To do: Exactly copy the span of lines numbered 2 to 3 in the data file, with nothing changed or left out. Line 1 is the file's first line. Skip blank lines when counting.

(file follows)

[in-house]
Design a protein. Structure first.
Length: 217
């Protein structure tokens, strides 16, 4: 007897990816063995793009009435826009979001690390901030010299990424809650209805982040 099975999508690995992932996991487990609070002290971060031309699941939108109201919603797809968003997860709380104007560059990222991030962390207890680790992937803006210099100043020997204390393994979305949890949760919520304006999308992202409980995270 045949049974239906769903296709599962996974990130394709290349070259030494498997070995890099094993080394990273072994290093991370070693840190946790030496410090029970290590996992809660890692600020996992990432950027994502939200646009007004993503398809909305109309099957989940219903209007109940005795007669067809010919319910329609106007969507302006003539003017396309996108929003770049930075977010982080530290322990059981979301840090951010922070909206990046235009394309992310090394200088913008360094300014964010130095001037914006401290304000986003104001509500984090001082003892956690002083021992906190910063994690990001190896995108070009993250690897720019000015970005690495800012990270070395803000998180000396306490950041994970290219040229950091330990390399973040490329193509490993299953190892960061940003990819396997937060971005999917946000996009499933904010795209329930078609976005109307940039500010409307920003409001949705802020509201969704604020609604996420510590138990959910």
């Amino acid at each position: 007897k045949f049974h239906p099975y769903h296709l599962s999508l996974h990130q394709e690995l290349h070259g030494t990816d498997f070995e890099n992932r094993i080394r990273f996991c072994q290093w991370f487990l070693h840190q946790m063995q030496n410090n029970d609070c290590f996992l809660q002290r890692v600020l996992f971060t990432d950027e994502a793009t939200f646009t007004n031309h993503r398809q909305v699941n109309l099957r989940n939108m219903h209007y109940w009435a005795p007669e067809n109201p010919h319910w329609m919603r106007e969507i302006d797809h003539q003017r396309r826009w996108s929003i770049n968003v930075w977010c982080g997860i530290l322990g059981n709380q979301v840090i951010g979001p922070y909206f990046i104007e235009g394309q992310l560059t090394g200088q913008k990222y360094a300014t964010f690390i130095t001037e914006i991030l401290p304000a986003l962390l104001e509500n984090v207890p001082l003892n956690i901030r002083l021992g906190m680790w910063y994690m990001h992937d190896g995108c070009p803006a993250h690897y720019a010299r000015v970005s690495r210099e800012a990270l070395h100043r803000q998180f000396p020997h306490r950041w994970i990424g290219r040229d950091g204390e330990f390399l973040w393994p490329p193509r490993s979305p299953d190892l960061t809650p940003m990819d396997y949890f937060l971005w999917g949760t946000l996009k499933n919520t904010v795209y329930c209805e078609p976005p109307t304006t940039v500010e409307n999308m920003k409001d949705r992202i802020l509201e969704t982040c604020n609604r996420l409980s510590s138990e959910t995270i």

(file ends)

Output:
Design a protein. Structure first.
Length: 217